Bachmann and Wolf

The German Library’s Bachmann and Wolf caught me unawares; words spilling out, some stirring, others stinging, but the whole thing a treasure outright. How does one adequately explain why one loves this story or that particular book? The more I write here about books, the less I think I am even capable of objectivity. I don’t care for reviews, but only understanding why readers love the objects of their attention, which inevitably amounts to explaining themselves.

My affection for Christa Wolf’s stories is long standing. I expect to read everything of hers that makes it into English translation. If my memory serves me right, Wolf’s Cassandra landed first in my collection, imposing itself with its graceful interpretation of dismal aspects of the human condition. Wolf never coerces you into her stories, but invites you in gently, making you feel almost at home, before shaking you up, but gradually like a long ride over cobble-stones. Bachman and Wolf includes her short novel No Place on Earth, which quietly turned me over and over, leaving me washed ashore, and with little choice but to turn back to its first pages and read again, slower, carving notches with my pencil.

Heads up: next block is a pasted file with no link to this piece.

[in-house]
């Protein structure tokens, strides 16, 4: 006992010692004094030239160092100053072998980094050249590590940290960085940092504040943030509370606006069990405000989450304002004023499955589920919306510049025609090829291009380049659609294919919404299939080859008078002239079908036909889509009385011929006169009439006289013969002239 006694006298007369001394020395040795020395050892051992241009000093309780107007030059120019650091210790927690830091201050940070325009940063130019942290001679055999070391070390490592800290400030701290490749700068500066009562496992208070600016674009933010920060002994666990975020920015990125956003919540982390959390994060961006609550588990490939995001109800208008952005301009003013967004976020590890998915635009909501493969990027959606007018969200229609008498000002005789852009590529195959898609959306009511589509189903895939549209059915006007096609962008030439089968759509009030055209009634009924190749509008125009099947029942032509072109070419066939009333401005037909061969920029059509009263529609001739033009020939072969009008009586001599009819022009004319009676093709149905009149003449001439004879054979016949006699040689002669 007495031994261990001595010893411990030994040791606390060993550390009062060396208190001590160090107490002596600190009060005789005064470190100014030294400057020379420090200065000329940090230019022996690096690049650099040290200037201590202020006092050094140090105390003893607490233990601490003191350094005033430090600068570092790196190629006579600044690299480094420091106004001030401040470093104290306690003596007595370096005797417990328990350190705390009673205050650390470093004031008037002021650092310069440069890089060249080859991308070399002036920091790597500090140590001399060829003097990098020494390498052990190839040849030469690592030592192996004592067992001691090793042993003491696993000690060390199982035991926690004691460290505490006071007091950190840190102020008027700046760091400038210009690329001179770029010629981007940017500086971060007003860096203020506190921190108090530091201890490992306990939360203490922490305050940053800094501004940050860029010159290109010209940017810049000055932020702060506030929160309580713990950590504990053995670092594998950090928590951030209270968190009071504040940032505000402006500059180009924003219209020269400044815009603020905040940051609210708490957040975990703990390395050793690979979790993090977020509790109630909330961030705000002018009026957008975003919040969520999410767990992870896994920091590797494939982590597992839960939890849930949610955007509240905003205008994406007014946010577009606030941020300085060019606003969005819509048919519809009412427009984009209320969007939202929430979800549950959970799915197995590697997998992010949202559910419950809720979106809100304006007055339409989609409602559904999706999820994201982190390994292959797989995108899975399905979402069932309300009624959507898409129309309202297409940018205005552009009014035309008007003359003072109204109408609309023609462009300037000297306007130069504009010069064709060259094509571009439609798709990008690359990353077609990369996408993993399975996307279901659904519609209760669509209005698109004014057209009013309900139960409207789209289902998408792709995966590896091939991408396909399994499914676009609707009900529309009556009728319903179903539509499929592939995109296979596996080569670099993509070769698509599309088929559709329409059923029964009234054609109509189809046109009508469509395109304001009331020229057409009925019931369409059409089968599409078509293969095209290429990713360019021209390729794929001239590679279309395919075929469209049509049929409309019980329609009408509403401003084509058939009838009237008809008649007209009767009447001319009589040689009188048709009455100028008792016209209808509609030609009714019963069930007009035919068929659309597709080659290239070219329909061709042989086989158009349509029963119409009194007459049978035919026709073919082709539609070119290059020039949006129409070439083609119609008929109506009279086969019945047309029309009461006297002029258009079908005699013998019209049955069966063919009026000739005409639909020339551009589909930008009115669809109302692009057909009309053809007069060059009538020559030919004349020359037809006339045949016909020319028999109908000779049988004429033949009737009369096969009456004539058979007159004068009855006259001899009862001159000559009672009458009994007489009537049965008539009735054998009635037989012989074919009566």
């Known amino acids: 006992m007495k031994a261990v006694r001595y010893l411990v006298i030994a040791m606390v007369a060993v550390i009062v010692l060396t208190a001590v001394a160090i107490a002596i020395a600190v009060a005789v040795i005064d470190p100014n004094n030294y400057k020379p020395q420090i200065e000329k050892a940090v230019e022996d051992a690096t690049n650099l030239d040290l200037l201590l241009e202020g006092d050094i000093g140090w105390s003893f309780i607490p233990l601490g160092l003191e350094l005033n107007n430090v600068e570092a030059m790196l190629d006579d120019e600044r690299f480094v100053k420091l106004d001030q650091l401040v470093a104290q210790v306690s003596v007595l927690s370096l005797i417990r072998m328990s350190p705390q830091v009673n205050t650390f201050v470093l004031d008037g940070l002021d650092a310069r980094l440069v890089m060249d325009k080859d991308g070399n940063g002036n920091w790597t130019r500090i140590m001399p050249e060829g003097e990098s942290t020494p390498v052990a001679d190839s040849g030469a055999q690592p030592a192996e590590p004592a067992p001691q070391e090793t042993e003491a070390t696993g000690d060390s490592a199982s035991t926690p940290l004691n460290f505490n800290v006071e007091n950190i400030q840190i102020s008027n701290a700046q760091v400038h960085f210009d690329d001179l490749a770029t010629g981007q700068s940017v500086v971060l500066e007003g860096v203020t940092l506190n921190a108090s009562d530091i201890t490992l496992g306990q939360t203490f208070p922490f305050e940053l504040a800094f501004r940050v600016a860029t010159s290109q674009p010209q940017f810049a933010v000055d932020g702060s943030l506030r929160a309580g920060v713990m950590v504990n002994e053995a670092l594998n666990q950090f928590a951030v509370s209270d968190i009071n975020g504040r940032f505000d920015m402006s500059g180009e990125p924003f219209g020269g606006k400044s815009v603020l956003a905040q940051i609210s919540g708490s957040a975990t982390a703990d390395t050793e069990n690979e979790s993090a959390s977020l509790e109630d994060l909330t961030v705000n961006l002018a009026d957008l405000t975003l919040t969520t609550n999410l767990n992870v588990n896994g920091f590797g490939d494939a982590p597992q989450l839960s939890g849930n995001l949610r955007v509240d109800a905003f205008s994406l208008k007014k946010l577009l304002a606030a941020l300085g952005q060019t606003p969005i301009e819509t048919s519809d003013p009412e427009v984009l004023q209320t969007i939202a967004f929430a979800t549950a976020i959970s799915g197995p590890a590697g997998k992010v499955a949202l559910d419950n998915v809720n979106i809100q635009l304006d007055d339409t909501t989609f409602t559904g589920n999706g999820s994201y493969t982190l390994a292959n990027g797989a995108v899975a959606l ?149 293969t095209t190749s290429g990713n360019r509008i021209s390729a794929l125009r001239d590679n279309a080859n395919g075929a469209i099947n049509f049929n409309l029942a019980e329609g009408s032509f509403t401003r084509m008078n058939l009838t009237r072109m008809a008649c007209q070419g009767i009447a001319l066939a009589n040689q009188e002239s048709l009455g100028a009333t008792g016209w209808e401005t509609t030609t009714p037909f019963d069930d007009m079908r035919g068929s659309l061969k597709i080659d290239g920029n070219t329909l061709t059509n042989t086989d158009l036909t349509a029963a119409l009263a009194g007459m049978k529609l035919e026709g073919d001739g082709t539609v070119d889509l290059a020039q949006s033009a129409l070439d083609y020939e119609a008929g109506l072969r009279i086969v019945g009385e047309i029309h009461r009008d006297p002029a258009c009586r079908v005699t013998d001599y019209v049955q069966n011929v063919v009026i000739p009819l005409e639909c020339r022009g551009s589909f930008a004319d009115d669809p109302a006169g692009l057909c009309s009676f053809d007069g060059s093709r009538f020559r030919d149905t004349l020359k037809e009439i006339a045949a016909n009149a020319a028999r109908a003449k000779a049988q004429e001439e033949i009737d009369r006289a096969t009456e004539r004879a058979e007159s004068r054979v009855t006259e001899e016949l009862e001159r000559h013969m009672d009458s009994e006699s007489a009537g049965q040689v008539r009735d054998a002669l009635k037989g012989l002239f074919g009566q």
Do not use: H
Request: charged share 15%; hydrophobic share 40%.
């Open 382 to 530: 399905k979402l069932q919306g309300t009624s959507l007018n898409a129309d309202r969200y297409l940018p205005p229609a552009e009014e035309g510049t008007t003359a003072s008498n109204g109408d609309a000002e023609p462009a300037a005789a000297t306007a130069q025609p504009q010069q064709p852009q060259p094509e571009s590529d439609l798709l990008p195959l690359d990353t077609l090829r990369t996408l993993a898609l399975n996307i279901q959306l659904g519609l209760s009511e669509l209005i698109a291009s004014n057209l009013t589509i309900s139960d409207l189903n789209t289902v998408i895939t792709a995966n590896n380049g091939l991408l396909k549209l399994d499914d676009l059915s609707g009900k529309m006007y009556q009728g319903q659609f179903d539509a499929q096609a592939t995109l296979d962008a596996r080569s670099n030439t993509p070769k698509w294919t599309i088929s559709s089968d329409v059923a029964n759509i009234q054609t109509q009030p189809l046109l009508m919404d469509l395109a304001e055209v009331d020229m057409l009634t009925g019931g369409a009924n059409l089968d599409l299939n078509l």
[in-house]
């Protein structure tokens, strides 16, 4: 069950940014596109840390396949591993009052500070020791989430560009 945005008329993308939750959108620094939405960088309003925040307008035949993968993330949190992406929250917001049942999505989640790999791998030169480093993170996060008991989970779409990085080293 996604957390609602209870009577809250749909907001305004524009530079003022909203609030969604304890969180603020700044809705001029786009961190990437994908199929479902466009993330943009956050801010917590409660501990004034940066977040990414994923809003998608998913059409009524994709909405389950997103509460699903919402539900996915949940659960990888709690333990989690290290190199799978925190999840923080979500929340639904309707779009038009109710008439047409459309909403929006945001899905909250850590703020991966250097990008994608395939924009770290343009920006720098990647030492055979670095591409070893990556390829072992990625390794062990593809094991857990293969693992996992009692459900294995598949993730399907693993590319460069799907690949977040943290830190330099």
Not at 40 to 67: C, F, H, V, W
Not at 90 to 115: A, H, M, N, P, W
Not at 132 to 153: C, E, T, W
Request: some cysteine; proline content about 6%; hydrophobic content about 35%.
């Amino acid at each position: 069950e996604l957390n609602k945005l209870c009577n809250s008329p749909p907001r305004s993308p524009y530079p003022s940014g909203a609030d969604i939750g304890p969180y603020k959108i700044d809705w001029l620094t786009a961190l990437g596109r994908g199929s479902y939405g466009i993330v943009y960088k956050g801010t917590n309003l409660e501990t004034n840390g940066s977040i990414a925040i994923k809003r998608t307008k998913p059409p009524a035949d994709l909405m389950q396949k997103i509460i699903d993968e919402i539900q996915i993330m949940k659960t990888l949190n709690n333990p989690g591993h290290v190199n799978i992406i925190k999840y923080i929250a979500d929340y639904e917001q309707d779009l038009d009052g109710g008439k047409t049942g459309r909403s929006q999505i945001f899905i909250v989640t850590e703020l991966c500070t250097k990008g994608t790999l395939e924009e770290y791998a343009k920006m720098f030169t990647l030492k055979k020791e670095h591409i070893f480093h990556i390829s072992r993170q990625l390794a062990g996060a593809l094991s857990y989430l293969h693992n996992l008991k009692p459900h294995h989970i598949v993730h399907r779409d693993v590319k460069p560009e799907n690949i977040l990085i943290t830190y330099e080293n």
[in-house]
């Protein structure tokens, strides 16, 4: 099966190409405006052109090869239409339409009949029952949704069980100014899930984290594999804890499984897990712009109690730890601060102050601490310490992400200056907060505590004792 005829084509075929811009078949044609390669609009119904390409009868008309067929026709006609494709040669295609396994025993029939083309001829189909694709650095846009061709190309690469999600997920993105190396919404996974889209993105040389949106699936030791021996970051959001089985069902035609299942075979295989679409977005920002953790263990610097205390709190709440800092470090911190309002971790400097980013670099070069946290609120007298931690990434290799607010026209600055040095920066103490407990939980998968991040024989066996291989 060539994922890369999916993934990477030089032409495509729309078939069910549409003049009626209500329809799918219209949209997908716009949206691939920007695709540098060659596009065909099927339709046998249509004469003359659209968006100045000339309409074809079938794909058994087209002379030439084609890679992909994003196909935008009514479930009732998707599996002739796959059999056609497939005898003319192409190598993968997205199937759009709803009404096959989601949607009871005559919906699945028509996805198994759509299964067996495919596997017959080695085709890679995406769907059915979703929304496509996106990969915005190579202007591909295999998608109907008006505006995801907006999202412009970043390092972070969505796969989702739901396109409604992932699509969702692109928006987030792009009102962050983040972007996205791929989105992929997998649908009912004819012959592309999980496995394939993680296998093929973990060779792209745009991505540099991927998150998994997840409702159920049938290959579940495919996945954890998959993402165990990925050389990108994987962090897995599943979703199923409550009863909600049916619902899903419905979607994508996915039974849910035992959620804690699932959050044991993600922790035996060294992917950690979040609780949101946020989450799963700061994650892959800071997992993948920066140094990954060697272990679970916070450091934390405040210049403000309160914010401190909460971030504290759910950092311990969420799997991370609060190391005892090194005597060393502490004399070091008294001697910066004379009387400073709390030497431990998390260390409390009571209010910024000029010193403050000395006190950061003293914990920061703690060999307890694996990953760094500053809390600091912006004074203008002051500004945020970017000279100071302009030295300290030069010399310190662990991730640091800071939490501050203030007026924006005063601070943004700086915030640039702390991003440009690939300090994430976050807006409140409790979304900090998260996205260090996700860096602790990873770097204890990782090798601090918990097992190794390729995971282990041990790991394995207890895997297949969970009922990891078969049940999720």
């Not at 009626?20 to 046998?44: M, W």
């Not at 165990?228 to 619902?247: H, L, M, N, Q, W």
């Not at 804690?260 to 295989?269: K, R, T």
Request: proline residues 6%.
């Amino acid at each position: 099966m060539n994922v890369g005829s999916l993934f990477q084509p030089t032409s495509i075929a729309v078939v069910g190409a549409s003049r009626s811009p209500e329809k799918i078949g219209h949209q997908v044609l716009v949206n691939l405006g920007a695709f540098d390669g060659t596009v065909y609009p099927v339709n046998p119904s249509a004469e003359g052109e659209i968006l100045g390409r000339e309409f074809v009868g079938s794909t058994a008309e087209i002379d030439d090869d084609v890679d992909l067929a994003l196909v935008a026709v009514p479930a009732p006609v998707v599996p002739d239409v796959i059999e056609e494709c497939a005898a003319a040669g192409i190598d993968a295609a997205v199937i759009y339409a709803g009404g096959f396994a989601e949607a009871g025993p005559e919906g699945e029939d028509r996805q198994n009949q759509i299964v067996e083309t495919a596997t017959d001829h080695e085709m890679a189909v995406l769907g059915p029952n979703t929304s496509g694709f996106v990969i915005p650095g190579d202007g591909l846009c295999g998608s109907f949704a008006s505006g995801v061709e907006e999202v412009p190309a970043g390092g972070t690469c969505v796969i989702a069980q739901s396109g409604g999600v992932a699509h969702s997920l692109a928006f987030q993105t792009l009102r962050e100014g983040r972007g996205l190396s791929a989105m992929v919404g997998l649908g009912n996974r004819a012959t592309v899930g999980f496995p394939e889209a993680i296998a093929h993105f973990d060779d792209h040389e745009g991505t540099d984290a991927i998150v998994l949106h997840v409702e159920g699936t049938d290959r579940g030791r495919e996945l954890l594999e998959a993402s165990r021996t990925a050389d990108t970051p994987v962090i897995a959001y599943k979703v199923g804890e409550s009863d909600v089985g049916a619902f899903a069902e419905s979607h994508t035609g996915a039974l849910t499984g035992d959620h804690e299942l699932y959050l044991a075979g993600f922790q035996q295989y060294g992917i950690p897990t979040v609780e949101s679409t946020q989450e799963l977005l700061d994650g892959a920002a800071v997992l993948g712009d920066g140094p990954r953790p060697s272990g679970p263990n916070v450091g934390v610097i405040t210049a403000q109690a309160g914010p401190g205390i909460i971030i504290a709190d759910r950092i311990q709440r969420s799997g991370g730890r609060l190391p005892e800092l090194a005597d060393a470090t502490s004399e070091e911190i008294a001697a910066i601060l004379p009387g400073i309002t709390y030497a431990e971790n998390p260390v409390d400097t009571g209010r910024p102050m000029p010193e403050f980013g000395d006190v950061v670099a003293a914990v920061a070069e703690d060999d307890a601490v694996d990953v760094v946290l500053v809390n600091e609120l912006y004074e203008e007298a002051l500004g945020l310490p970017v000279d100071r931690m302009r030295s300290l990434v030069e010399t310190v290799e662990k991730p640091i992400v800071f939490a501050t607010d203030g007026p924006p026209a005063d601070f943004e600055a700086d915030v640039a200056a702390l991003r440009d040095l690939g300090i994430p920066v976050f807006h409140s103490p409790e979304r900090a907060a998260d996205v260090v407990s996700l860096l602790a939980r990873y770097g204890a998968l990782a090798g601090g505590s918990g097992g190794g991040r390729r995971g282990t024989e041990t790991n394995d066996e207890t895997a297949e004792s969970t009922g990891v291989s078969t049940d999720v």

I suppose flowerville lead me to Wolf, as to Bachmann, first encountered in this collection, but quickly become indispensable, especially for the fiery lovers’ script of The Good God of Manhattan, translated by Valerie Tekavec, a flight into language every bit as inspired as Orpheus and Eurydice, or Romeo and Juliet. I expect to read as much Bachmann as I can find in translation.

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